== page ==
Oregon passes Facebook fix. What it means for Apple

Oregon learns a key lesson in job creation with Facebook issue
By Oregon Prosperity Project

The Oregon Legislature just passed the “Facebook bill.”  We are celebrating its passage this week because it was one of the Oregon Prosperity Project’s job-creating priorities going into the 2012 legislative session.

It’s an issue we’ve been talking about since last October because it so clearly demonstrates a key principle for economic growth: Government does not create jobs, but it can provide an environment of tax and regulatory certainty that attracts investment and job creation.

In this case, the Oregon Legislature made the right call and provided tax certainty to Facebook and others like them who might also be looking to invest in our state.

Rarely do we get the satisfaction of seeing a good decision yield dividends so quickly.

But the legislature’s decision to give tax certainty to Facebook is resulting in even more investment and job creation almost instantaneously.

Here’s the good news…

It has been confirmed this week that Apple, Inc has purchased a 160-acre parcel of land in Prineville. It is widely believed that it will be the location of a data center. The purchase put $5.6 million into the coffers of Crook County this week – a great boost for a county currently saddled with a 15.3 percent unemployment rate.

Many believe that Apple was looking for a signal from the Oregon legislature that their data center would not be subject to unanticipated intangible taxes. They got it.

If the Apple data center provides comparable benefits to Central Oregon as the Facebook data center did, it will be another shot in the arm for the region.

A recent analysis by ECONorthwest, an Oregon-based economics consulting firm, showed that Facebook’s ongoing presence in Central Oregon accounts for $21.3 million in new economic activity, $5.5 million in new personal income and 111 new jobs with wages 35% above the regional average.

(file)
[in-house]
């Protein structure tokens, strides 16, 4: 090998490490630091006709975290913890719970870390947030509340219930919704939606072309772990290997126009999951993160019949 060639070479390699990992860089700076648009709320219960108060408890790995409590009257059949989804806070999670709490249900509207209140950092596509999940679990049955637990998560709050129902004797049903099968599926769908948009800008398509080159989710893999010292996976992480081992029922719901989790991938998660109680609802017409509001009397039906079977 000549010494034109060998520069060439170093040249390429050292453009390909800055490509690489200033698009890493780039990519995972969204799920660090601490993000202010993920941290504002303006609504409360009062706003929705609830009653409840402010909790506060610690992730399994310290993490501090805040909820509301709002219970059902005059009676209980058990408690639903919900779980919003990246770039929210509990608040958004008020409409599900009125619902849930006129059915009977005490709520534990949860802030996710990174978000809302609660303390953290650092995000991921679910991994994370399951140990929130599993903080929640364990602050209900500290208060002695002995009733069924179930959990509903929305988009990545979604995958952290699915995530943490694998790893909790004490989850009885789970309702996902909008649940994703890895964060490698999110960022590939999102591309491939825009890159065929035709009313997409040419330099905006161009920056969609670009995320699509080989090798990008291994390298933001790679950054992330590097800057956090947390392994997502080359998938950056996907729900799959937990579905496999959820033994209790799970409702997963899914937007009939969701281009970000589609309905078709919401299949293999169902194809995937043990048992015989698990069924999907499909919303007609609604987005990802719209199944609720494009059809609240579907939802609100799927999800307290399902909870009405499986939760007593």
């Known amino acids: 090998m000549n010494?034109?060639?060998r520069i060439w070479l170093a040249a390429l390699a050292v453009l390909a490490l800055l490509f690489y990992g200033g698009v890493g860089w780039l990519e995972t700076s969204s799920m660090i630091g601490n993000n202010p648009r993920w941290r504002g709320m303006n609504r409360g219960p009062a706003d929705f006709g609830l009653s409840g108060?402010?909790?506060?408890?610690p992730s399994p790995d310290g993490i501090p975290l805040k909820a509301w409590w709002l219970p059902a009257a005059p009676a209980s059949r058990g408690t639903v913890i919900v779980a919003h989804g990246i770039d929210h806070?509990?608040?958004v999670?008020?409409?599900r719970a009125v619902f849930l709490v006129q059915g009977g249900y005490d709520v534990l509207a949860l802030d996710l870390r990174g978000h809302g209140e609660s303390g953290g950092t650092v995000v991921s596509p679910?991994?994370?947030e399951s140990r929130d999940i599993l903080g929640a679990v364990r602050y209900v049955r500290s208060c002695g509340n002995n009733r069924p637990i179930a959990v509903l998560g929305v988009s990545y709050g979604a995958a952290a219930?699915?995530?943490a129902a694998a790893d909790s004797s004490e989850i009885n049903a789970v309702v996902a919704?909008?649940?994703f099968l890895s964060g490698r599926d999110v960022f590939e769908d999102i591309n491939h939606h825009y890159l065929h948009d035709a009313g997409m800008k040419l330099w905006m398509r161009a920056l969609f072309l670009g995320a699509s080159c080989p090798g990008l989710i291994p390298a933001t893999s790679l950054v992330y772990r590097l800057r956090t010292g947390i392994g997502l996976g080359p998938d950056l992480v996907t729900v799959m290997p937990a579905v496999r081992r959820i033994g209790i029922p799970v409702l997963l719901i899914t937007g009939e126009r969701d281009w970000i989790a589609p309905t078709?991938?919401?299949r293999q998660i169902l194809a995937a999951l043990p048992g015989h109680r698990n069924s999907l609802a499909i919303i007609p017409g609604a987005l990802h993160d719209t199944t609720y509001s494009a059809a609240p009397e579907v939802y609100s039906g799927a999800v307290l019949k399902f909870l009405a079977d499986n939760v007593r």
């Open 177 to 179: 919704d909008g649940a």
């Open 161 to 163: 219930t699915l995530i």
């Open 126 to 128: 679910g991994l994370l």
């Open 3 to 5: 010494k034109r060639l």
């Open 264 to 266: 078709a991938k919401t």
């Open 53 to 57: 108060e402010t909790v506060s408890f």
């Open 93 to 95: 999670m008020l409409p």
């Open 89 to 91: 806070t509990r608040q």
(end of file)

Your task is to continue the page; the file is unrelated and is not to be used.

During the legislative hearings on the “Facebook bill,” we were struck by the testimony of Mr. Roger Lee, Director of Economic Development for Central Oregon (EDCO).

He testified, “Many other high technology companies are currently evaluating Oregon for new data centers. These projects represent approximately $1.5 billion in new, private sector capital investment for Oregon, thousands of construction jobs over the next one to three years and hundreds of well-paying permanent jobs. Failure to pass HB 4067 (the Facebook bill) will most likely result in most if not all of these projects not coming to Oregon.”

The legislature did the right thing, and as a result, now Apple is adding to the Oregon economy with its own investment in Central Oregon, and Oregonians will reap the rewards with more jobs and more personal income – which translates into well-funded schools and public services.

This is meaningful economic growth that likely would not have occurred had the legislature not made the right decision.

The lesson is clear.

When a state agency threatened to saddle Facebook and others with unanticipated taxes, it introduced uncertainty in the marketplace, and Oregon stood on the verge of losing private sector investment, jobs and income.

When the legislature re-established tax certainty for these companies with the “Facebook bill,” it re-opened the door for investment and job creation – and the results are already materializing.

It’s a lesson with huge implications for Oregon’s economic growth.

Will Oregon’s elected officials and regulators heed the long-term lesson?

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